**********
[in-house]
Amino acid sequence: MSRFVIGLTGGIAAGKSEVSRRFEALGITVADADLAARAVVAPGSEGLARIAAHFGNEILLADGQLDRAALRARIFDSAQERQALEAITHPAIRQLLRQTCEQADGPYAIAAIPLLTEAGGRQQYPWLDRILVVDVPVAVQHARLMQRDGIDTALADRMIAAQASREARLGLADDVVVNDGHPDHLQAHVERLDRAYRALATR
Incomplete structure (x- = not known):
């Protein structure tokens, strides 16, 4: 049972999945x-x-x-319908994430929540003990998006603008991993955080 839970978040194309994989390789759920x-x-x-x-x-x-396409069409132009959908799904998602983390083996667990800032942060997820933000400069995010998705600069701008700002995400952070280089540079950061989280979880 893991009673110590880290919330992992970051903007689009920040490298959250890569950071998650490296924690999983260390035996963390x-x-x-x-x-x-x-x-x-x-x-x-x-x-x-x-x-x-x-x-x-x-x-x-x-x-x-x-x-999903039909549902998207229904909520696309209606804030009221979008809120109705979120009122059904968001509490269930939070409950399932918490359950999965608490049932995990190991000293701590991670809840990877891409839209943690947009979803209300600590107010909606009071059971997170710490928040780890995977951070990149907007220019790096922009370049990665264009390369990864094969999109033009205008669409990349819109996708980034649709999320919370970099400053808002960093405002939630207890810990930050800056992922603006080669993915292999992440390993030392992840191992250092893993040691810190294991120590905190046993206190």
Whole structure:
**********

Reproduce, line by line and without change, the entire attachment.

[in-house]
Amino acid sequence: MSRFVIGLTGGIAAGKSEVSRRFEALGITVADADLAARAVVAPGSEGLARIAAHFGNEILLADGQLDRAALRARIFDSAQERQALEAITHPAIRQLLRQTCEQADGPYAIAAIPLLTEAGGRQQYPWLDRILVVDVPVAVQHARLMQRDGIDTALADRMIAAQASREARLGLADDVVVNDGHPDHLQAHVERLDRAYRALATR
Incomplete structure (x- = not known):
């Protein structure tokens, strides 16, 4: 049972999945x-x-x-319908994430929540003990998006603008991993955080 839970978040194309994989390789759920x-x-x-x-x-x-396409069409132009959908799904998602983390083996667990800032942060997820933000400069995010998705600069701008700002995400952070280089540079950061989280979880 893991009673110590880290919330992992970051903007689009920040490298959250890569950071998650490296924690999983260390035996963390x-x-x-x-x-x-x-x-x-x-x-x-x-x-x-x-x-x-x-x-x-x-x-x-x-x-x-x-x-999903039909549902998207229904909520696309209606804030009221979008809120109705979120009122059904968001509490269930939070409950399932918490359950999965608490049932995990190991000293701590991670809840990877891409839209943690947009979803209300600590107010909606009071059971997170710490928040780890995977951070990149907007220019790096922009370049990665264009390369990864094969999109033009205008669409990349819109996708980034649709999320919370970099400053808002960093405002939630207890810990930050800056992922603006080669993915292999992440390993030392992840191992250092893993040691810190294991120590905190046993206190």
Whole structure: